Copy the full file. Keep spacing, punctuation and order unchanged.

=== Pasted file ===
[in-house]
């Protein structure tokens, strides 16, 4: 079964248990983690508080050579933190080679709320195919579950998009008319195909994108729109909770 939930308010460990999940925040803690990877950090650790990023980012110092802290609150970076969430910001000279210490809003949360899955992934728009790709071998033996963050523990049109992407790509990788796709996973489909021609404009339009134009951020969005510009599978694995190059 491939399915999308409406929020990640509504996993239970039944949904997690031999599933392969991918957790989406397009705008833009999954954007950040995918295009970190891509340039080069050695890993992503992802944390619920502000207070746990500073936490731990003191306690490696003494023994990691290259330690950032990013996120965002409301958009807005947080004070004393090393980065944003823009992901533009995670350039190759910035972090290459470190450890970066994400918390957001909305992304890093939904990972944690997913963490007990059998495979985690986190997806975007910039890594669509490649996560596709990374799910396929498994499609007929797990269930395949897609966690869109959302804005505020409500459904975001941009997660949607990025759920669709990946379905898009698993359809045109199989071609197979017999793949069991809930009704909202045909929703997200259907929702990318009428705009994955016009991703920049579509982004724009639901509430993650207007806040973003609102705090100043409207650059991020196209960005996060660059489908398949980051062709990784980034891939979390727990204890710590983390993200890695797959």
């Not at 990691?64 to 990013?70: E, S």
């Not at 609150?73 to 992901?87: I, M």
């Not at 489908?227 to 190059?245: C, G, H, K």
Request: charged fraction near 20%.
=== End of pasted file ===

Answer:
[in-house]
């Protein structure tokens, strides 16, 4: 079964248990983690508080050579933190080679709320195919579950998009008319195909994108729109909770 939930308010460990999940925040803690990877950090650790990023980012110092802290609150970076969430910001000279210490809003949360899955992934728009790709071998033996963050523990049109992407790509990788796709996973489909021609404009339009134009951020969005510009599978694995190059 491939399915999308409406929020990640509504996993239970039944949904997690031999599933392969991918957790989406397009705008833009999954954007950040995918295009970190891509340039080069050695890993992503992802944390619920502000207070746990500073936490731990003191306690490696003494023994990691290259330690950032990013996120965002409301958009807005947080004070004393090393980065944003823009992901533009995670350039190759910035972090290459470190450890970066994400918390957001909305992304890093939904990972944690997913963490007990059998495979985690986190997806975007910039890594669509490649996560596709990374799910396929498994499609007929797990269930395949897609966690869109959302804005505020409500459904975001941009997660949607990025759920669709990946379905898009698993359809045109199989071609197979017999793949069991809930009704909202045909929703997200259907929702990318009428705009994955016009991703920049579509982004724009639901509430993650207007806040973003609102705090100043409207650059991020196209960005996060660059489908398949980051062709990784980034891939979390727990204890710590983390993200890695797959």
């Not at 990691?64 to 990013?70: E, S």
């Not at 609150?73 to 992901?87: I, M």
């Not at 489908?227 to 190059?245: C, G, H, K």
Request: charged fraction near 20%.